At the same time, his 25 years of counseling shows that religious people can have an advantage in marriage. "If religion is not used as a magic pill but as a source of spiritual and moral strength and guidance, then it can be a major contributing factor to preserving marriage," he said.
But many fundamentalist or evangelical couples base their marriages on "very irrational and unrealistic principles," he said. "They say, 'Put God first in your marriage' whatever that means to them 'be faithful in church, be a good Christian, pray a lot, attend church, and God will work everything out for you.' Then they find out that's a lot of hogwash." He's also seen problems when some fundamentalist men, in leading the household, become "cruel dictators" who "expect their wives to become servants." Gary Thomas, author of Sacred Marriage and director of the Center for Evangelical Spirituality in Bellingham, Wash., believes that men should head the family, but that means they ought to be servant-leaders. "I think in many ways Christian marriage is harder," he said. "We're expected to forgive. We're expected to give of ourselves. Paul tells husbands that they ought to have the mind of a martyr." A possible problem he sees is what he calls "the myth of the evangelical husband." "This is a husband who is expected to make enough money that his wife can stay home, who goes to Promise Keepers and dates his wife every week and dates his kids every week and takes his kids out every month to talk about abstinence and men get tired," Mr. Thomas said.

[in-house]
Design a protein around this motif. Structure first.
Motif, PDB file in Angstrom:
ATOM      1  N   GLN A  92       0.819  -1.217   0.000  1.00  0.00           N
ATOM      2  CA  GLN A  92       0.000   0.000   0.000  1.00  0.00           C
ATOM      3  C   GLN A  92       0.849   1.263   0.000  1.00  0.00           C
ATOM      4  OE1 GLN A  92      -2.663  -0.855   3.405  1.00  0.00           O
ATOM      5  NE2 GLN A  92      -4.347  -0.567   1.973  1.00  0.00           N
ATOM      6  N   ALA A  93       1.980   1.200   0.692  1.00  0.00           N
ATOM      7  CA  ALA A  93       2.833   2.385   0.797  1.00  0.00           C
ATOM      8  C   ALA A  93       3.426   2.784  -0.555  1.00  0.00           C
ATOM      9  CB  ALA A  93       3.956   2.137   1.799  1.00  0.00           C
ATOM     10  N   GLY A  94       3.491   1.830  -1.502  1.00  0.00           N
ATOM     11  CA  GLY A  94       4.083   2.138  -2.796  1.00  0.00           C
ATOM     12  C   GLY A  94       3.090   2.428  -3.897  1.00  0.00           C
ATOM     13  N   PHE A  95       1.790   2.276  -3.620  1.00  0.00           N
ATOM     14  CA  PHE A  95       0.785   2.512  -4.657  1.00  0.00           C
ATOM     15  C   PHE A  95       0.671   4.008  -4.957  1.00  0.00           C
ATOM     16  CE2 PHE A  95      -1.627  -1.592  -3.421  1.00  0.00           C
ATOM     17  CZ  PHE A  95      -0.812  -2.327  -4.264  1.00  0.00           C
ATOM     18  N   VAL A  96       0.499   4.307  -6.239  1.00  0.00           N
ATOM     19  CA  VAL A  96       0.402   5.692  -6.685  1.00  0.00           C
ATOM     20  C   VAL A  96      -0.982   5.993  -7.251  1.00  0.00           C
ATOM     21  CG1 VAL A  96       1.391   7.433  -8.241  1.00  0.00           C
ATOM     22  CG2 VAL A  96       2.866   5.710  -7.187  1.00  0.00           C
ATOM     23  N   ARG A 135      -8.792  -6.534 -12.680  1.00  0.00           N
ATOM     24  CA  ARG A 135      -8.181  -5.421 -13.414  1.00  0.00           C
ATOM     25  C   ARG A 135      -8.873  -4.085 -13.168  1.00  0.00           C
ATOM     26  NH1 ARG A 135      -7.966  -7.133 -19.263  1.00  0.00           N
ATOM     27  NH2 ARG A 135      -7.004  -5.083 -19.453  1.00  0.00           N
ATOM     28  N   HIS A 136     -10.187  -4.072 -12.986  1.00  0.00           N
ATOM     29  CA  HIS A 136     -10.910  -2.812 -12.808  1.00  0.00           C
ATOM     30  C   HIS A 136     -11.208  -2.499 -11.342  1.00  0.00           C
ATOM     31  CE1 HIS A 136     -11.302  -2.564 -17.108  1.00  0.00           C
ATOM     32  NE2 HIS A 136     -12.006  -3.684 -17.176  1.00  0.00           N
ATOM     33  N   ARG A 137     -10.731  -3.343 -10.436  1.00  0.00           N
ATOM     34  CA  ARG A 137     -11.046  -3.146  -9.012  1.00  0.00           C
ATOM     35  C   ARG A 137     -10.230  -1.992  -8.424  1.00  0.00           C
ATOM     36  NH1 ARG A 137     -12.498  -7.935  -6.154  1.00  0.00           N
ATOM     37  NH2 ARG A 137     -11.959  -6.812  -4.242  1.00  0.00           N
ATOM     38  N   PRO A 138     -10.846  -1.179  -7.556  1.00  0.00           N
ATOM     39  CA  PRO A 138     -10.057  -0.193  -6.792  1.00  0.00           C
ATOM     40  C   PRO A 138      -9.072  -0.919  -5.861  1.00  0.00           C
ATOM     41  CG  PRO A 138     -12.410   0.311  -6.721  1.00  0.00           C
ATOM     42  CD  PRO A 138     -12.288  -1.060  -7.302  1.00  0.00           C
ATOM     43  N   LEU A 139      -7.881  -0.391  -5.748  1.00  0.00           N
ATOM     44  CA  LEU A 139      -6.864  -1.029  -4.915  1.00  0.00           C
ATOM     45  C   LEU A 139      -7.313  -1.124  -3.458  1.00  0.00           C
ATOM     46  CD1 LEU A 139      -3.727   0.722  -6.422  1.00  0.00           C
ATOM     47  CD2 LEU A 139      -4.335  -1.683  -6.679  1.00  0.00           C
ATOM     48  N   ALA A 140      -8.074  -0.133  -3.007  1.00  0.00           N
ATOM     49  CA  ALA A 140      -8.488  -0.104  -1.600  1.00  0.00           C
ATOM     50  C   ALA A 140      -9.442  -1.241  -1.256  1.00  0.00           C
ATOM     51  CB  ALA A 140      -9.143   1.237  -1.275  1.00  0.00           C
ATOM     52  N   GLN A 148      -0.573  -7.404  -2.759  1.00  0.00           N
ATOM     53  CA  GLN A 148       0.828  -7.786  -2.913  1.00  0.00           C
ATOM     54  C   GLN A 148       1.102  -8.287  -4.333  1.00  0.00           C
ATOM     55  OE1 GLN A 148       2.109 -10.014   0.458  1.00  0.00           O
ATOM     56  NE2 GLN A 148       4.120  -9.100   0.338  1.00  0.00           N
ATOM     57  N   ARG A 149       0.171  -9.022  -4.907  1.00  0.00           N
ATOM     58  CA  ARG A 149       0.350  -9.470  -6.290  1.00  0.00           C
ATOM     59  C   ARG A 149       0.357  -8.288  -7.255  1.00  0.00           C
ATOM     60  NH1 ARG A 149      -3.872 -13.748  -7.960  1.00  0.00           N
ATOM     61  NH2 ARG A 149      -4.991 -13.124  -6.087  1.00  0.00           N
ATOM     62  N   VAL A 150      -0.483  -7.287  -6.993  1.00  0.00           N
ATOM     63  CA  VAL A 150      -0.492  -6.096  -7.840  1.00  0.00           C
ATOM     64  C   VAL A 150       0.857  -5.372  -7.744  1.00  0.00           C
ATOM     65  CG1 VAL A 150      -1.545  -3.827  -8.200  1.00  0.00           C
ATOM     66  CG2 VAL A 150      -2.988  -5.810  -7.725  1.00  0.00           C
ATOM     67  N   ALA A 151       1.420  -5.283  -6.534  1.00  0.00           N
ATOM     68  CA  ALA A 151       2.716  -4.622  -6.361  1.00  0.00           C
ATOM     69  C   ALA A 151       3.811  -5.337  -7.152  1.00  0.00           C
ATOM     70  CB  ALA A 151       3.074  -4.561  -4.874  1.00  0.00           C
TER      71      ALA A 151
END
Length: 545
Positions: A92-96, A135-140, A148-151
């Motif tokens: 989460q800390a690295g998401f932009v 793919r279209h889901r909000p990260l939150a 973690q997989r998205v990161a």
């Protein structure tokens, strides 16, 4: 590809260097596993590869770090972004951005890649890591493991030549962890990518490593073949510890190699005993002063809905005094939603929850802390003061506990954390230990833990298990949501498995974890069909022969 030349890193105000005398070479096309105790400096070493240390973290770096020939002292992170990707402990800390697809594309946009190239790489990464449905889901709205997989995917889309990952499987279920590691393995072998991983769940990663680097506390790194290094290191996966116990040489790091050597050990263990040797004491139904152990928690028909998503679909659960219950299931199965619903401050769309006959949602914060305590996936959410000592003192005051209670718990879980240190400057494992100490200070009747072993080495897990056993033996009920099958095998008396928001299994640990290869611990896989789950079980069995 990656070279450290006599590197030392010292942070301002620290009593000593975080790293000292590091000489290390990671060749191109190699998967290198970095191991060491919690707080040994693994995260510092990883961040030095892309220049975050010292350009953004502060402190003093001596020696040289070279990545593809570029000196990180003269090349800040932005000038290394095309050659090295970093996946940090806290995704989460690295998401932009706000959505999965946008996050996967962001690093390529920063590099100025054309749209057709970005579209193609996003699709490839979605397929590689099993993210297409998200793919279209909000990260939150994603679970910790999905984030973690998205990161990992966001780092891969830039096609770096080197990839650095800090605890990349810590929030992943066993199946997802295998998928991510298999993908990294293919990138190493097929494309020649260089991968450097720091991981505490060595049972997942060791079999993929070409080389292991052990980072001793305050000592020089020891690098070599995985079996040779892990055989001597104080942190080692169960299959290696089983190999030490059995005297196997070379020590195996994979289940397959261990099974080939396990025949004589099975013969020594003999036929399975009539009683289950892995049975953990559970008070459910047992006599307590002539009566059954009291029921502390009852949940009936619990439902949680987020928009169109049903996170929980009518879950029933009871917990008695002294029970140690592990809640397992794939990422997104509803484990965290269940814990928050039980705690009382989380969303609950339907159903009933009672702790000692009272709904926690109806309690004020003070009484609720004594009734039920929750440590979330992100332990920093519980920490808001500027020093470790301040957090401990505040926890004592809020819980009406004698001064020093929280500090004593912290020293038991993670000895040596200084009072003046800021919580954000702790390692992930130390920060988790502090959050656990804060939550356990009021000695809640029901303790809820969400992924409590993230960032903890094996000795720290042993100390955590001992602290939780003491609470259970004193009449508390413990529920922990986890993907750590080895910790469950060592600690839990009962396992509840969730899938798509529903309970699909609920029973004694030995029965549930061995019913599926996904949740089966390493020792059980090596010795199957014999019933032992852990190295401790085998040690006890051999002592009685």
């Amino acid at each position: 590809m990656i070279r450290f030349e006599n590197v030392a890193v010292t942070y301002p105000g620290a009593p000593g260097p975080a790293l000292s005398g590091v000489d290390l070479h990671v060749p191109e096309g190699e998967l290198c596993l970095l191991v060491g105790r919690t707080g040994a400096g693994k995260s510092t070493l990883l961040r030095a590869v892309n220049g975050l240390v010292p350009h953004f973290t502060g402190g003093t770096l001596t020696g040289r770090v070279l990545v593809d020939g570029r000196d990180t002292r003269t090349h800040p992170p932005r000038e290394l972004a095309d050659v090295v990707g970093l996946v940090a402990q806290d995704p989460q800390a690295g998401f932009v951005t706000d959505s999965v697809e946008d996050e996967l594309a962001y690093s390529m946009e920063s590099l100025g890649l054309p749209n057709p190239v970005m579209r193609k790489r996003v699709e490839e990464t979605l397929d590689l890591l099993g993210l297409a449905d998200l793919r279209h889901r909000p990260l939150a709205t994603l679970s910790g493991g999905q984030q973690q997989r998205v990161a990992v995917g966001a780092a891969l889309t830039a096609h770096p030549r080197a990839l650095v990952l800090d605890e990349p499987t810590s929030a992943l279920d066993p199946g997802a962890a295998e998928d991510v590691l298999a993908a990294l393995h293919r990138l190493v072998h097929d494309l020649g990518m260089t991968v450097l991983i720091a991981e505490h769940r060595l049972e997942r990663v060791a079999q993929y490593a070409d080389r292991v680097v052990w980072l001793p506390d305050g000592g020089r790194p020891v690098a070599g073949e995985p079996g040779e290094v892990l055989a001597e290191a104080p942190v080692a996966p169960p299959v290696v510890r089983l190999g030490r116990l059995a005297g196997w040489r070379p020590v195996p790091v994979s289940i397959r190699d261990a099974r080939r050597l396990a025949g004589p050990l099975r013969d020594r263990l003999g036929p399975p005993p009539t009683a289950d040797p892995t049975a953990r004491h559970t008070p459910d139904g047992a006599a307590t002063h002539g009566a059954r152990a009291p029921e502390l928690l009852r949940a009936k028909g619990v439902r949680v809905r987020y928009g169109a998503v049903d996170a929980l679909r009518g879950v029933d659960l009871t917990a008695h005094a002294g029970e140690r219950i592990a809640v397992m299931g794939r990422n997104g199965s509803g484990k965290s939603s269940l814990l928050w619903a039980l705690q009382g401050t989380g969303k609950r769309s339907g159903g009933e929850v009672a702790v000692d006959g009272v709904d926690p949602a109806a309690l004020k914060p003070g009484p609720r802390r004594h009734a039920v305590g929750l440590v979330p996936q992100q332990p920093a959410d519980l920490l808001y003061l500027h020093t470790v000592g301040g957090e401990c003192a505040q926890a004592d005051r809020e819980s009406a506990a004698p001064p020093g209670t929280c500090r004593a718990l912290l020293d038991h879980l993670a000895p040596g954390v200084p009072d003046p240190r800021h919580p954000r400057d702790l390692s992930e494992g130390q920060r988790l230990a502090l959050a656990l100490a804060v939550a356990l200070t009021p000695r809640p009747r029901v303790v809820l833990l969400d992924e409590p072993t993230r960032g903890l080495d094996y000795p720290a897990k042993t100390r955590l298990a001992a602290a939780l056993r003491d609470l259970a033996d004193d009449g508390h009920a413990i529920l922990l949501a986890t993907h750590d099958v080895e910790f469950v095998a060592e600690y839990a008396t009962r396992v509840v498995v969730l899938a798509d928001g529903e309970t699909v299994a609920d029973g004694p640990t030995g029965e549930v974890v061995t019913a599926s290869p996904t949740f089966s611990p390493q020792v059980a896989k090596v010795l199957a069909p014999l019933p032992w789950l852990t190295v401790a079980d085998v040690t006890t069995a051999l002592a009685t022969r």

But that's no excuse for divorce. Christians should use marriage to seek "holiness, not happiness," he said. Mr. Thomas believes that the Christian church contributes to divorce by being too tolerant. "We have bent over backwards not to be judgmental," he said. That's a mistake, in Mr. Thomas' opinion. He believes that Christians need to think of their marriage as a chance to serve Christ. "A Christian who gets divorced puts their happiness before their devotion to Christ."
Christine Wicker, a former Religion staff writer, is a free-lance writer in Milwaukee.